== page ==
Protein homeostasis or proteostasis is a dynamic process in which cells regulate protein synthesis, folding, transport, post-translational modification, and degradation. The main participants in protein homeostasis are chaperones and two proteolytic systems, the ubiquitin-proteasome and lysosomal-autophagy systems.. Overall, this integrated pathway network helps maintain the stability and function of the cellular proteome by preventing the accumulation of mistranslated, aggregated, misfolded, or damaged proteins. A large body of evidence supports a close relationship between protein homeostasis and healthy aging. Although a gradual loss of protein homeostasis with age has been detected in most organisms, species with the longest lifespans have been shown to have a more stable proteome. Interestingly, most of the interventions that slow aging in experimental models are associated with improved proteostasis, and in many cases these interventions also show autophagy activation. . For example, caloric restriction, rapamycin, metformin, resveratrol, and spermidine, known for their ability to extend lifespan, have all been shown to activate autophagy directly, albeit through different mechanisms.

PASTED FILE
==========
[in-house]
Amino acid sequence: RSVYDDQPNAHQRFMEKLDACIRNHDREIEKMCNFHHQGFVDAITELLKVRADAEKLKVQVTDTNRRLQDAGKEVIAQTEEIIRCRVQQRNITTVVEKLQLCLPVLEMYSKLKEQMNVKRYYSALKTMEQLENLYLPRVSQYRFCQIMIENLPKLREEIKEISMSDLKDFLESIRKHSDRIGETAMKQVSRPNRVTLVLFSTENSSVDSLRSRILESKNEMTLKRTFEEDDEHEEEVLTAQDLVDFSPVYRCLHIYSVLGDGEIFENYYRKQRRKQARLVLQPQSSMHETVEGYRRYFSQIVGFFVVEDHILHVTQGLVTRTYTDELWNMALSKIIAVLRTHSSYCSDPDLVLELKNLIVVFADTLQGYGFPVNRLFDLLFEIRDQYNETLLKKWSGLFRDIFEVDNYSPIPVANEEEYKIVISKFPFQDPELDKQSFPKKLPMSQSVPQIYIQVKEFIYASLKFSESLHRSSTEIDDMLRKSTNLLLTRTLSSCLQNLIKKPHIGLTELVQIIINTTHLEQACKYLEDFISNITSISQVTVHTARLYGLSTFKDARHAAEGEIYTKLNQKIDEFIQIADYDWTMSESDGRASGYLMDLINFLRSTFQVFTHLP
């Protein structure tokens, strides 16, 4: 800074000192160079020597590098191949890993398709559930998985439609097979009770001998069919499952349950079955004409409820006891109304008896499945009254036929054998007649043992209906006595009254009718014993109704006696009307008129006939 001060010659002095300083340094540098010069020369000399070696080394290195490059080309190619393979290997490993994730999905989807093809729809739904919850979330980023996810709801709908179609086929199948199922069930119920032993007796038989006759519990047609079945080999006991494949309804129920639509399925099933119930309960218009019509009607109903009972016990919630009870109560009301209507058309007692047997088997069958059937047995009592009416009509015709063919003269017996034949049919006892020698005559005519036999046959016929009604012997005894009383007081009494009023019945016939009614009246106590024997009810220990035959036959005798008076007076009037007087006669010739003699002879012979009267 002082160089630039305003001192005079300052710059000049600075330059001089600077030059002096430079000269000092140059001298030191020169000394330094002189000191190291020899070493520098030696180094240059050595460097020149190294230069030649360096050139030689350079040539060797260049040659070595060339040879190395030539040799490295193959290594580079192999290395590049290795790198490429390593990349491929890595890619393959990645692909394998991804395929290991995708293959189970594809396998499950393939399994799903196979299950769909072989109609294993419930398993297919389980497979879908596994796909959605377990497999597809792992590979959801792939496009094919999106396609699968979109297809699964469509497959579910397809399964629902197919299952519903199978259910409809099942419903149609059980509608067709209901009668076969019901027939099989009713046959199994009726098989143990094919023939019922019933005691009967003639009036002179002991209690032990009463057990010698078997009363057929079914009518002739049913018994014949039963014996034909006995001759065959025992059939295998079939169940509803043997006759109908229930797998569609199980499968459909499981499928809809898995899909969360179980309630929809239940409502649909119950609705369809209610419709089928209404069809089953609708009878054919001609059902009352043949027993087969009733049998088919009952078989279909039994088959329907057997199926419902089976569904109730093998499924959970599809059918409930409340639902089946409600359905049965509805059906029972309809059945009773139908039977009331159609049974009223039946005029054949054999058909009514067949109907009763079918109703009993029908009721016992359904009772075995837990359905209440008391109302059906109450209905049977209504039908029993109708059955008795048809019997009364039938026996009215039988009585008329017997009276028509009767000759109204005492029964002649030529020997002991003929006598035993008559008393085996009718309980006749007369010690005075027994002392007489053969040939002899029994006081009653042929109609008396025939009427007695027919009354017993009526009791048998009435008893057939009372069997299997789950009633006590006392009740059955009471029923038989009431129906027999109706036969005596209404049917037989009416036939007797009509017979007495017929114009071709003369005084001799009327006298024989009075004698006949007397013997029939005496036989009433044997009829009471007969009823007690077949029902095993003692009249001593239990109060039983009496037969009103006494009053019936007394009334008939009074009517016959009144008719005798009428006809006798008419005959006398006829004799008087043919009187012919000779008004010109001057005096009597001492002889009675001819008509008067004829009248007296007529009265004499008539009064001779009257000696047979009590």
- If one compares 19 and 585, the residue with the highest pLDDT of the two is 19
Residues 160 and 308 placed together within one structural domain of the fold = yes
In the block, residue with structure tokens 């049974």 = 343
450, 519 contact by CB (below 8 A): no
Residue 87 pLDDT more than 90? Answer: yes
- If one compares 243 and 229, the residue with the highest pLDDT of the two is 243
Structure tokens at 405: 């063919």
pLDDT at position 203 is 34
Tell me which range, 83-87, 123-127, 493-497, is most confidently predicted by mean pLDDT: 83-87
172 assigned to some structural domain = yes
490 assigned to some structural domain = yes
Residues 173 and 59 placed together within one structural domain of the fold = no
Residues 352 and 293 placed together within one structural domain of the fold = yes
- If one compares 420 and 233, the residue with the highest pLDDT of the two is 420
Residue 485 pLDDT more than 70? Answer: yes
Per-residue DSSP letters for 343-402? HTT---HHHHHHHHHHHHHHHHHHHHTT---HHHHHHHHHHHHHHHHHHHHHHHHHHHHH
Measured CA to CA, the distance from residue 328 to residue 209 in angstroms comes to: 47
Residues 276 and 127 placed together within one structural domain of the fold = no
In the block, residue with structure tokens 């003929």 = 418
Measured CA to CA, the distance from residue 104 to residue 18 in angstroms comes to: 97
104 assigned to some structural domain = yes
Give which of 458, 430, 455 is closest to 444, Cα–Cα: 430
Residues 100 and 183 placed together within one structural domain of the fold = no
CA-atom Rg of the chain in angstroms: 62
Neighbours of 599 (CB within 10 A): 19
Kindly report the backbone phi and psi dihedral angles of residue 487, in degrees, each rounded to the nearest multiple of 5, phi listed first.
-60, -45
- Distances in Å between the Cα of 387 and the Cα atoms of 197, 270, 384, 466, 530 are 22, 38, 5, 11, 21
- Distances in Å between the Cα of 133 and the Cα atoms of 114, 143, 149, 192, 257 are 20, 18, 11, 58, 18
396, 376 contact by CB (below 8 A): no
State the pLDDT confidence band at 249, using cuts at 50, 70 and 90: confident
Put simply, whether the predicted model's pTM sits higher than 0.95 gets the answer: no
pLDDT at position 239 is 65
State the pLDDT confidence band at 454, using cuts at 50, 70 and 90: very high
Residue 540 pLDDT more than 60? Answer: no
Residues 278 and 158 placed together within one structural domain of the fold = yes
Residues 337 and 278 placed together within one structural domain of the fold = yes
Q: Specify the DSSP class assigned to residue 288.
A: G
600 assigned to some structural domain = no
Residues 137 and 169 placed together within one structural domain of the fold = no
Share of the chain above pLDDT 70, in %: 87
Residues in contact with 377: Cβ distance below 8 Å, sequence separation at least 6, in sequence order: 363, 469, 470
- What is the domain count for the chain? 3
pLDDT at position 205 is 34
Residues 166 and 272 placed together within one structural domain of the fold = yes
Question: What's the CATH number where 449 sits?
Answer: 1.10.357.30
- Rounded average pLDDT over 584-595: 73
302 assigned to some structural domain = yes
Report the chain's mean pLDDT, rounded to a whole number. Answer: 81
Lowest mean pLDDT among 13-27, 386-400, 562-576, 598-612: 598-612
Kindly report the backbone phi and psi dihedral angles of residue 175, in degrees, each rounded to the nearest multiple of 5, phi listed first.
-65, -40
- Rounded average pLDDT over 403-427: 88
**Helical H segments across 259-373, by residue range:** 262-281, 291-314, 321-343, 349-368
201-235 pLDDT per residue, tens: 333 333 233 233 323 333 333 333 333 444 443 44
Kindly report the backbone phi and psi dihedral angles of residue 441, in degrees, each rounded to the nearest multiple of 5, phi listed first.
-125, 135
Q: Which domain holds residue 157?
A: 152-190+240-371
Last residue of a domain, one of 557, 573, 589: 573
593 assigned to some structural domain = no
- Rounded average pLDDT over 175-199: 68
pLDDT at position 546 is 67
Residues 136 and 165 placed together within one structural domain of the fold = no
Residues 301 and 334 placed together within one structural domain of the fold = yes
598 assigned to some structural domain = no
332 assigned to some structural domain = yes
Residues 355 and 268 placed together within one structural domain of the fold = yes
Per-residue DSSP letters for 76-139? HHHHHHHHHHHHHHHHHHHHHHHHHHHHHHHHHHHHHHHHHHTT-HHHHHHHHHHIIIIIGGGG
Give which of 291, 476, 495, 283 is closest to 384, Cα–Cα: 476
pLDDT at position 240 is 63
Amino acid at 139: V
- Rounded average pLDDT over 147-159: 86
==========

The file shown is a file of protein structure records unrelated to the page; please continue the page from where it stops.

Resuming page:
This Research Topic will focus on the regulation of proteostasis in the process of aging. In addition, it seeks studies answering the following questions:
What is the association relationship between proteostasis and aging?
What is the relationship between proteostasis and other hallmarks of aging?
What signaling pathways are maintained by homeostasis in healthy or disease conditions?
How can we improve aging and age-related diseases by targeting protein homeostasis?

Areas to be covered may include, but are not limited to:
• Key factors affecting proteostasis
• Relationship association between proteostasis and aging
• Mechanisms of proteostasis collapse leading to aging
• New methods for detecting and analyzing cellular proteostasis
• The relationship between proteostasis and other hallmarks of aging, such as deregulated nutrient-sensing, and mitochondrial dysfunction.

Keywords: Autophagy, Aging, Proteostasis, Cellular Senescence, Cellular Homeostasis, Chaperones, Ubiquitin Proteasome System


Important Note: All contributions to this Research Topic must be within the scope of the section and journal to which they are submitted, as defined in their mission statements. Frontiers reserves the right to guide an out-of-scope manuscript to a more suitable section or journal at any stage of peer review.